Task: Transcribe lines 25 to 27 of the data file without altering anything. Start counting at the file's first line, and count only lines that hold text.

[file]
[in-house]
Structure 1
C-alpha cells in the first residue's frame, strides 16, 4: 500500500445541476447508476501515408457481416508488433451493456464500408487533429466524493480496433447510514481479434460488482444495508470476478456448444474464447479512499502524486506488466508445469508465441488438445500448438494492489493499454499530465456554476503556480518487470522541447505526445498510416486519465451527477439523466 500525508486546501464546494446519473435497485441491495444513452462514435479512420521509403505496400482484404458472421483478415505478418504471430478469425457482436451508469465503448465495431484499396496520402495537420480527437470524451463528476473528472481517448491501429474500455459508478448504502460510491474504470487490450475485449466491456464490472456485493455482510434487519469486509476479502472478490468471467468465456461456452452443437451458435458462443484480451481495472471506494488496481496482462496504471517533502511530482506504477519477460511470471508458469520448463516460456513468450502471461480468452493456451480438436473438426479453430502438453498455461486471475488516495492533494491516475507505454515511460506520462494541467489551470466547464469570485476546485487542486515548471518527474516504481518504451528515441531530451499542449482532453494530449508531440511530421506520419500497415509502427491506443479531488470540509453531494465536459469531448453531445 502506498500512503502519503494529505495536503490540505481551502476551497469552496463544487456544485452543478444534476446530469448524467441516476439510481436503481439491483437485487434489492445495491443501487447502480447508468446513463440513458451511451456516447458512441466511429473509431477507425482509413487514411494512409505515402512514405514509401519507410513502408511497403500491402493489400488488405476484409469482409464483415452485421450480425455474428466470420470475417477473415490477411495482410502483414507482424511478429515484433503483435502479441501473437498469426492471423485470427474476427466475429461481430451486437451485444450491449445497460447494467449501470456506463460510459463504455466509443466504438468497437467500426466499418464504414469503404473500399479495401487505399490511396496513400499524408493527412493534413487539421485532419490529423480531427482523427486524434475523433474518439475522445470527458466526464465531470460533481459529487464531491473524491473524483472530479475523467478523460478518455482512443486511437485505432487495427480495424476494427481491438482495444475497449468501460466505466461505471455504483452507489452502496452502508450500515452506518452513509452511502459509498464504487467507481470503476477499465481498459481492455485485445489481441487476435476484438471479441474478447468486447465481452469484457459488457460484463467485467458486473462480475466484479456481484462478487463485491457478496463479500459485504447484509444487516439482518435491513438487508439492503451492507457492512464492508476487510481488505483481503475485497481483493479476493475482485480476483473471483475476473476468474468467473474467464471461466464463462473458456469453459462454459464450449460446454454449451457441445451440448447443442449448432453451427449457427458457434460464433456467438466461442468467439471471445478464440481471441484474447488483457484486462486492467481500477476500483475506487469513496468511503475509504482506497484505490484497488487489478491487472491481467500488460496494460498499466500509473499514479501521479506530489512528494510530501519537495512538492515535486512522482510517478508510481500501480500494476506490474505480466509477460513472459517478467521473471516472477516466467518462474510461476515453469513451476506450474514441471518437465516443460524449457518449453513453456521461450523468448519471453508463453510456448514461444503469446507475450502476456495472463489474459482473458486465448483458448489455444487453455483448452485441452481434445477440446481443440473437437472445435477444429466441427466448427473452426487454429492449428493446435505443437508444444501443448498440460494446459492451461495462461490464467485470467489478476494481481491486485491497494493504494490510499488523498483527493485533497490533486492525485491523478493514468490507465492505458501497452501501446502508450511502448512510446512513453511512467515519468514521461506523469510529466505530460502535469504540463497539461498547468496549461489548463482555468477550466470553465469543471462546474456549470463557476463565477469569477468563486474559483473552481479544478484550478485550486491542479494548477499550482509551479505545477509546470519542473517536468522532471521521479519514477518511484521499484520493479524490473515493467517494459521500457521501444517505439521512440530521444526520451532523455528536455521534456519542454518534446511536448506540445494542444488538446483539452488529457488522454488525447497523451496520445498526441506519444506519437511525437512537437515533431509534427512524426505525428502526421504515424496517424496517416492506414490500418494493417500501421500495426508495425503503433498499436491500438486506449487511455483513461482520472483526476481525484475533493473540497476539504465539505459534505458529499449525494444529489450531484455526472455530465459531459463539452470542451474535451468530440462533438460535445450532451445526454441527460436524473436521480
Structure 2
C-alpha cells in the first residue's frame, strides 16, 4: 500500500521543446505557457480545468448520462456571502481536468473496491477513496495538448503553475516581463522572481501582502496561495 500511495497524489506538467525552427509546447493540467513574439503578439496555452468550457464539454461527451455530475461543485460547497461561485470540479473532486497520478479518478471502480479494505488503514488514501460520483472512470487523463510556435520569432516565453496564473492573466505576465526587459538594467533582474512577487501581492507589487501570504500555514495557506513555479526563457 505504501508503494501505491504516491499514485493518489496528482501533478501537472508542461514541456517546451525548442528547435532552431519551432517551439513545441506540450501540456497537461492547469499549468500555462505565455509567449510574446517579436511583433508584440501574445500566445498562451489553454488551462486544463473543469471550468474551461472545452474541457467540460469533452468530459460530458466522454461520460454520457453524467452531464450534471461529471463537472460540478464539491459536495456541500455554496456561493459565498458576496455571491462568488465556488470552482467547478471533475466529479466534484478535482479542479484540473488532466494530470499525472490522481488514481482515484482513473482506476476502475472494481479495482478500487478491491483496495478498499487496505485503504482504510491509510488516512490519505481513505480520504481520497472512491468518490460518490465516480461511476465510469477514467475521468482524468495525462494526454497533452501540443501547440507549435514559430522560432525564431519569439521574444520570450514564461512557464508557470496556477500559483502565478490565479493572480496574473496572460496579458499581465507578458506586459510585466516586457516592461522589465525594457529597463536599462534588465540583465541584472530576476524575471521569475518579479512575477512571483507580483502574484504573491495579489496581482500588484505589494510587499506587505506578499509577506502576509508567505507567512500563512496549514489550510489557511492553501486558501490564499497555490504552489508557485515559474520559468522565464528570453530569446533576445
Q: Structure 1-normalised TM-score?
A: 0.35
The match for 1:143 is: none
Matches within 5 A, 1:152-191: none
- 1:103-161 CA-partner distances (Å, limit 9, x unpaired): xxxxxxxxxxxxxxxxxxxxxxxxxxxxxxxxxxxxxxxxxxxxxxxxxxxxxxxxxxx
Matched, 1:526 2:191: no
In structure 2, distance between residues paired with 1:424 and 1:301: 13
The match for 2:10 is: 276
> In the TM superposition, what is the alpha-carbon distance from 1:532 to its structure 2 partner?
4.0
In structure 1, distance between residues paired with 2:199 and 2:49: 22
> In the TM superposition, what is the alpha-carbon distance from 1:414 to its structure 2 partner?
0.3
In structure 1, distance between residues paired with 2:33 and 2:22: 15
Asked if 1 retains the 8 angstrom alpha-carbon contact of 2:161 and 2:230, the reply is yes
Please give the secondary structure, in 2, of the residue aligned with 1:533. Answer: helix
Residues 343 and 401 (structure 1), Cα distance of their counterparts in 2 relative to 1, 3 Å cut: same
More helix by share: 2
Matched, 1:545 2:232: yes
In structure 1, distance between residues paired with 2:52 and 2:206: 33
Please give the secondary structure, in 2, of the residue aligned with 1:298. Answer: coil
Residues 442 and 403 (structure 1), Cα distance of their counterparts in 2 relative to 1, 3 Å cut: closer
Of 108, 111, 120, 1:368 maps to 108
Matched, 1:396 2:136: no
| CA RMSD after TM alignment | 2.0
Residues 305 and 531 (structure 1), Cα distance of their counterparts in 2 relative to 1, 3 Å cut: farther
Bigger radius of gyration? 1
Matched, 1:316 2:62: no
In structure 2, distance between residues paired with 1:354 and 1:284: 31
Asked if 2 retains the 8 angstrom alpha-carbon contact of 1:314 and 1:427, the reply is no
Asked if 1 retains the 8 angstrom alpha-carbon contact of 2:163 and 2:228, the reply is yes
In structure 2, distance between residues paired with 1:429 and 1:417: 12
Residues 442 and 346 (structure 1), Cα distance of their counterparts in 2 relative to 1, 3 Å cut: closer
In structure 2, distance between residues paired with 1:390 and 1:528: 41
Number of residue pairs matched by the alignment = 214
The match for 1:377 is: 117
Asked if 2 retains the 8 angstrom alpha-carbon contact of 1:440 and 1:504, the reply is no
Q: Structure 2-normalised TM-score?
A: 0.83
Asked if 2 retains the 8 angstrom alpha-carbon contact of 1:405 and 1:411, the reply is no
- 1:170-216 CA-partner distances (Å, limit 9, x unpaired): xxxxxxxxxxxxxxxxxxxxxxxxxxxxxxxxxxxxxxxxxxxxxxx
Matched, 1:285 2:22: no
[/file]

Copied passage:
In structure 1, distance between residues paired with 2:52 and 2:206: 33
Please give the secondary structure, in 2, of the residue aligned with 1:298. Answer: coil
Residues 442 and 403 (structure 1), Cα distance of their counterparts in 2 relative to 1, 3 Å cut: closer